Scientists prepare to study solar eclipses with high-altitude aircraft and probes orbiting the sun

By | March 31, 2024

For the millions of people in North America who will be treated to a total solar eclipse on April 8, it will be a spectacular show: a chance to watch the moon completely obscure the face of the sun.

But for scientists it’s a rare opportunity to study the Earth, moon and sun “in completely different ways than we normally do,” said Pam Melroy, NASA’s deputy administrator.

One of the agency’s top priorities will be to observe the Sun’s outer atmosphere, or corona, which is normally not visible because the star is too bright. During a total solar eclipse, the corona comes into view as faint streaks around a glowing halo when the moon blocks light from the sun’s surface.

“There are things happening with the corona that we don’t fully understand, and the eclipse gives us a unique opportunity to collect data that could provide insight into the future of our star,” Melroy said in a news briefing last week.

Scientists are interested in the corona because it plays a key role in transferring heat and energy to the solar wind, the constant stream of charged particles released from the Sun’s outer atmosphere. The solar wind ebbs and flows, occasionally shooting powerful solar flares into space. These can hit the Earth with electromagnetic radiation, which can cause radio interference and disable electricity grids.

Amir Caspi, a solar astrophysicist at the Southwest Research Institute in Boulder, Colorado, has installed an instrument in the nose of a WB-57 aircraft that will study the sun’s atmosphere as the plane chases the eclipse.

It’s a golden opportunity, he said, because even the special telescopes that can block a star’s light, known as coronagraphs, have limitations.

“A total solar eclipse is like nature’s perfect coronagraph,” he said. “The moon comes between us and the sun, and is just the right size in the sky to block the sun’s disk, but not too much more.”

Caspi will focus on understanding the origins of the solar wind. He also hopes to gather clues about a long-standing mystery: why the corona is millions of degrees hotter than the surface of the Sun.

He pioneered this method of imaging the Sun’s corona in 2017, during the last total solar eclipse to cross the continental US.

“We didn’t know what we were going to get,” he says. “It was nerve-wracking for a long time, and then we got some great data. I could see it coming via the live satellite feed.

The WB-57 aircraft can fly at an altitude of 60,000 feet, well above any clouds and high enough that Earth’s atmosphere won’t interfere with observations that much.

Many researchers plan to collect data about the Sun’s atmosphere from other vantage points, including from space, during the eclipse.

Several spacecraft, including NASA’s Parker Solar Probe, will set their eyes on the sun during the celestial event. The probe was launched in 2018, so it was not available to study the 2017 solar eclipse.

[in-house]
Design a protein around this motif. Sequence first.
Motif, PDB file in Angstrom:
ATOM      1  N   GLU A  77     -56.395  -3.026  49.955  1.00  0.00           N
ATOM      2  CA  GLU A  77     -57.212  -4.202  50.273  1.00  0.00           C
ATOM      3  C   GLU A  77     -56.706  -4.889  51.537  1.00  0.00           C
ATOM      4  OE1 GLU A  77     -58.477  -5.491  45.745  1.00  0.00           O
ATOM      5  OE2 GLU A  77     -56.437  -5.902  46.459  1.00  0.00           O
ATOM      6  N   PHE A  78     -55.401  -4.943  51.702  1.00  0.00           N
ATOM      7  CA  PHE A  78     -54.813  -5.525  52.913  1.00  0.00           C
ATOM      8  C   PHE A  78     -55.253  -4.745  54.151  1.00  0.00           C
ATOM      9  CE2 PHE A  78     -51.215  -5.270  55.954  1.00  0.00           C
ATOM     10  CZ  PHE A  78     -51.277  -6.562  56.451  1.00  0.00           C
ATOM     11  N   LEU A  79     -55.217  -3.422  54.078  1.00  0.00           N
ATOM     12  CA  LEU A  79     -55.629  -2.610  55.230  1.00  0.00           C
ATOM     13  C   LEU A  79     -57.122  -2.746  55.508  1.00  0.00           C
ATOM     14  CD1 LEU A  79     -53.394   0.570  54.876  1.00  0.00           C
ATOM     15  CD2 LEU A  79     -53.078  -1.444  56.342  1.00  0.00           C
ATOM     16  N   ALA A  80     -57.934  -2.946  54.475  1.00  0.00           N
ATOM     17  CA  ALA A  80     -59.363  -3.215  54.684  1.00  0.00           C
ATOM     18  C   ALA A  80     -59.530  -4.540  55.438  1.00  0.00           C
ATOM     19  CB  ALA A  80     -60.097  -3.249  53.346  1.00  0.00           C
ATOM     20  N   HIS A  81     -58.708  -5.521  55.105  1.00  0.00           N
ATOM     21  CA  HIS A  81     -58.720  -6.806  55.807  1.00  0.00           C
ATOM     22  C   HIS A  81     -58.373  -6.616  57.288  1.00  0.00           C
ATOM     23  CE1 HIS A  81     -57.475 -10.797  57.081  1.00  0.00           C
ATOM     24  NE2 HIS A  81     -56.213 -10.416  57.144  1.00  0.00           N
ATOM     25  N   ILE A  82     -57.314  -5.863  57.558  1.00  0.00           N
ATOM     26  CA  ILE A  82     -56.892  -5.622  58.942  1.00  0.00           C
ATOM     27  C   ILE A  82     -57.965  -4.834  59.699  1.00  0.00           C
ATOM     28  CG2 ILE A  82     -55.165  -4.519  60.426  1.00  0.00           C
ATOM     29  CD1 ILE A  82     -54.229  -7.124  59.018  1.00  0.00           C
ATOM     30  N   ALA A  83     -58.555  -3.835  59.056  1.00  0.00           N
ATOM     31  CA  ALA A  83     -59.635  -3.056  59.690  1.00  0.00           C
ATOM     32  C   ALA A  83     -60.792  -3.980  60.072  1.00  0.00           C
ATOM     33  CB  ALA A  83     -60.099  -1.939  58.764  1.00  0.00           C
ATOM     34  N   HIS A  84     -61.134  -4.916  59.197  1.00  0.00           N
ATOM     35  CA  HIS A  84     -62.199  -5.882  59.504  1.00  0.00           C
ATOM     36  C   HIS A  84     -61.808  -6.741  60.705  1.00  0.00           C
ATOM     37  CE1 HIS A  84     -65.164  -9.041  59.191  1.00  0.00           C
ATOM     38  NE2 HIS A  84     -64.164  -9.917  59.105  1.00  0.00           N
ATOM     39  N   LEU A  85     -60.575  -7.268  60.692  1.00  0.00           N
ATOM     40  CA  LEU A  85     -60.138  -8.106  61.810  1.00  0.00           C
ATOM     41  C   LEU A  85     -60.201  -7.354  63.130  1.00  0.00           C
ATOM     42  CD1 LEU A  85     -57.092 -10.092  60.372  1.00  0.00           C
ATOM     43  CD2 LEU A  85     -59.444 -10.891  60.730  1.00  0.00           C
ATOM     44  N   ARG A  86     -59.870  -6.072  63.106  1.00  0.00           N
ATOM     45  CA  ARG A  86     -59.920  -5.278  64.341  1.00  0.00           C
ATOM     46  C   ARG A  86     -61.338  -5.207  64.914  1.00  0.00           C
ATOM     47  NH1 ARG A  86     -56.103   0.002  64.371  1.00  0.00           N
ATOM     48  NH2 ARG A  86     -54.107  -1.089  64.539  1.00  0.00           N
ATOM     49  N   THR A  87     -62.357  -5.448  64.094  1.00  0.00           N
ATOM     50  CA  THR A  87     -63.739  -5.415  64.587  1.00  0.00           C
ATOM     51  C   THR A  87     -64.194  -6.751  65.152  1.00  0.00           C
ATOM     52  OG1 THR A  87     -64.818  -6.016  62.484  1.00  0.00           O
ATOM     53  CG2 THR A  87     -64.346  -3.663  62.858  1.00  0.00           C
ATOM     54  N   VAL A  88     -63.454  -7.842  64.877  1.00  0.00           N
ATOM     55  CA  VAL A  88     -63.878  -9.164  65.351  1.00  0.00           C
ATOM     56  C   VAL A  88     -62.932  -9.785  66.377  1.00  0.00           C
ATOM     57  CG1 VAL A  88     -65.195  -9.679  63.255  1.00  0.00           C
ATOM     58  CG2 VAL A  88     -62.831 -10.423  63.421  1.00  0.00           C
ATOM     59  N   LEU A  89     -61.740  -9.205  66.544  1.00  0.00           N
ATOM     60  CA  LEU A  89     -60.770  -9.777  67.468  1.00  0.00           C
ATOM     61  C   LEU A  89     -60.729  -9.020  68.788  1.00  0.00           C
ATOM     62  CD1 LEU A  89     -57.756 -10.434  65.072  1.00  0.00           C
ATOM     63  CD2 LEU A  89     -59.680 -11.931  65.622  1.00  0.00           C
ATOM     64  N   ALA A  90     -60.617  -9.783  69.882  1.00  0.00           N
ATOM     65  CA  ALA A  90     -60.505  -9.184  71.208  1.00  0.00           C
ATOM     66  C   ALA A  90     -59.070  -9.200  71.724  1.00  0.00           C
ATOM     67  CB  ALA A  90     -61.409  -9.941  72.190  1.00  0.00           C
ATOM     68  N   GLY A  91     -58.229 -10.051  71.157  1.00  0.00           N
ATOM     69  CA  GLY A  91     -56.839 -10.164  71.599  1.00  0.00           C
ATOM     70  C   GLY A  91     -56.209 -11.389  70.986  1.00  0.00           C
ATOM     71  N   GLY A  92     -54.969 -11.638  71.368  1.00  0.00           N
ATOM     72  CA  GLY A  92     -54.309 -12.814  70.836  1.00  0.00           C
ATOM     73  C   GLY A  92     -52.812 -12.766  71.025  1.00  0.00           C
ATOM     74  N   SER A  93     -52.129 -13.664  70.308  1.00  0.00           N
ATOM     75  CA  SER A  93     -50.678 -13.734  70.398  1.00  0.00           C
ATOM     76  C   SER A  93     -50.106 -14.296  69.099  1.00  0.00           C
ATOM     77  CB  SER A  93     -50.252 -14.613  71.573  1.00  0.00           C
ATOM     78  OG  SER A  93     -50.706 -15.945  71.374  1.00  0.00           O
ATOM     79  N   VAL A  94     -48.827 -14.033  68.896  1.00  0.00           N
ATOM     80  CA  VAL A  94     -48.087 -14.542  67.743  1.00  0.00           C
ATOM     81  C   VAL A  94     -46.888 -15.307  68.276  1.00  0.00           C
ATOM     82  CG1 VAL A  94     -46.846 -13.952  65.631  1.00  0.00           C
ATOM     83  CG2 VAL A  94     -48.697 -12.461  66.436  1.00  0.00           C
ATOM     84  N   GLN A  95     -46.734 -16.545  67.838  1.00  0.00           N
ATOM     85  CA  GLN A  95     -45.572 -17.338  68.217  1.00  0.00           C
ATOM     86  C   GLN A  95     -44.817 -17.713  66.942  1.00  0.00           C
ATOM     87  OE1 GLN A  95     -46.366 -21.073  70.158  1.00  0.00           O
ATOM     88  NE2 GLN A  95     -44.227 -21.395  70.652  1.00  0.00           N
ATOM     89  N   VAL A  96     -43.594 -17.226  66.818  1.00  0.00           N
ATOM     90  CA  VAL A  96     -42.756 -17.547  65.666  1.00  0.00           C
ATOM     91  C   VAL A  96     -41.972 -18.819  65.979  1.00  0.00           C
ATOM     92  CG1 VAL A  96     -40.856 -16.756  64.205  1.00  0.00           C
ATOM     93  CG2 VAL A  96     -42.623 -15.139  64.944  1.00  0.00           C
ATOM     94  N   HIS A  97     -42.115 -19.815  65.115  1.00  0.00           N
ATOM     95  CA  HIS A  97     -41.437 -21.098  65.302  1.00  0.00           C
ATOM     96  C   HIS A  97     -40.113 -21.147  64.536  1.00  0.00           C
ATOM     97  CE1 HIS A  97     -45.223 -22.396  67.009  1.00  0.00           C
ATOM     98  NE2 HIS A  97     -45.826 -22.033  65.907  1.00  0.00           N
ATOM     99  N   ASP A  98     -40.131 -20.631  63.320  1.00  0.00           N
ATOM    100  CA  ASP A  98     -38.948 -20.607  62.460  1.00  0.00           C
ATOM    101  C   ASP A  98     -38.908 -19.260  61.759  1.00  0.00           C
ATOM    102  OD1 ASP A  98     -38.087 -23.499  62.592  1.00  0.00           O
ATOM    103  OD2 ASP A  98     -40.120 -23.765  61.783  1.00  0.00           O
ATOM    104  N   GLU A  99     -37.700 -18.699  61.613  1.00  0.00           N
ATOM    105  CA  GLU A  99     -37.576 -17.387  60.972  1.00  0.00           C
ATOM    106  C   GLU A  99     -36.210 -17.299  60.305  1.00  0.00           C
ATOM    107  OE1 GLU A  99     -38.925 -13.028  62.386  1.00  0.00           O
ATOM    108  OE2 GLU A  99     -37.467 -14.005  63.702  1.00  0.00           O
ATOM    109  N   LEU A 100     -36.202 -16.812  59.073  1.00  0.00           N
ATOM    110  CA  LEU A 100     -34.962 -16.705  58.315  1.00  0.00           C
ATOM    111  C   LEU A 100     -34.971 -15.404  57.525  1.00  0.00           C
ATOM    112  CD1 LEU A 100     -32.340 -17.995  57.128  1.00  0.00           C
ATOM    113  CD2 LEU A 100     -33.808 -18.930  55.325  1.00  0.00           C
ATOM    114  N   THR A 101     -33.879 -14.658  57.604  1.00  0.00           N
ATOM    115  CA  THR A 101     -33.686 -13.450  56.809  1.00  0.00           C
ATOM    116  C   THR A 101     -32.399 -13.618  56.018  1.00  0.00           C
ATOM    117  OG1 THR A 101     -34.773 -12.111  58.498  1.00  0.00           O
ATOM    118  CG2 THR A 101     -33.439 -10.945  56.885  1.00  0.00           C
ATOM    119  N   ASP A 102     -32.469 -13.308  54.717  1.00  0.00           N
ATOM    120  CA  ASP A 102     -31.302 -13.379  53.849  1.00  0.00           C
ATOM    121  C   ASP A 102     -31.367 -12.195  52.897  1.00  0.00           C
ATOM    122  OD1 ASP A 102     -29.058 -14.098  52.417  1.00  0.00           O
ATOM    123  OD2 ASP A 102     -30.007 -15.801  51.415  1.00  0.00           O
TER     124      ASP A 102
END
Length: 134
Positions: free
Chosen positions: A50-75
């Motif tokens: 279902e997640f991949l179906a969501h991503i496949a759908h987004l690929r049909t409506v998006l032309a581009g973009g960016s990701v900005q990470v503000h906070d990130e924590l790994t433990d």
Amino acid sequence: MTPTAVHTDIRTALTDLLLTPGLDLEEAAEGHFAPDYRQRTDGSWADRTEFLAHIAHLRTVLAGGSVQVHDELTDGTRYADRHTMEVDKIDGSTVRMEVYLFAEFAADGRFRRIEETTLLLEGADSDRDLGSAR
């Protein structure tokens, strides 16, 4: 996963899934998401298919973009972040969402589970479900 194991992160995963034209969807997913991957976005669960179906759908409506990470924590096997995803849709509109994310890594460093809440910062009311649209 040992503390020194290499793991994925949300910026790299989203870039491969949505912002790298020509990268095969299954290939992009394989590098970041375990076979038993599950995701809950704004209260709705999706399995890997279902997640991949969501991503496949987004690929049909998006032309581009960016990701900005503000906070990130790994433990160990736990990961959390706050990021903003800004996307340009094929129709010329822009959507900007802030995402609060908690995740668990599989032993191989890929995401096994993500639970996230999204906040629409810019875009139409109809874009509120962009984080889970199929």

In 2021, the Parker probe became the first spacecraft to fly through the corona, and since then it has flown more than a dozen close approaches to ‘hit’ the sun. Due to the timing of its orbit, the probe will not have a close encounter on April 8. But it will be close enough to the sun to measure and image the solar wind as the charged particles flow past, said Nour Raouafi, the Parker. Solar Probe project scientist and astrophysicist at the Johns Hopkins Applied Physics Laboratory.

In addition, a European Space Agency spacecraft known as Solar Orbiter will orbit almost directly above the Parker Solar Probe at the time of the eclipse. Together, the observatories will work together to capture details of the Sun’s atmosphere and solar wind.

“It’s one of the rare occasions when these two spacecraft come so close to each other,” Raouafi said. “So we’ll have a lot of synergies between them, between all the observations we’ll make during the eclipse from Earth, which is something totally, totally unprecedented.”

The sun is rising toward a peak in its roughly 11-year activity cycle, expected in 2025. That means the Parker Solar Probe will have a front row seat when eruptions come from the sun.

There are no guarantees that such outbursts will occur during the eclipse, but Raouafi said solar wind measurements from space will still be crucial for understanding the effects of the Sun’s activity on Earth.

“These are the driving forces behind space weather, and the probe is probably the best instrument we have, the best spacecraft mission we have, to help us understand that,” he said. “And the way to do that? Let’s hope the sun will give us the biggest show it can produce.”

Even for non-scientists, the darkness that will temporarily grip the midday sky along the so-called path of totality will be an extraordinary experience.

“I remember the first time I discovered that it’s quite rare – that it just happens to be that our moon is the right size and distance to cause this effect here on Earth,” Melroy said. “It really is a wonder of our universe.”

This article was originally published on NBCNews.com

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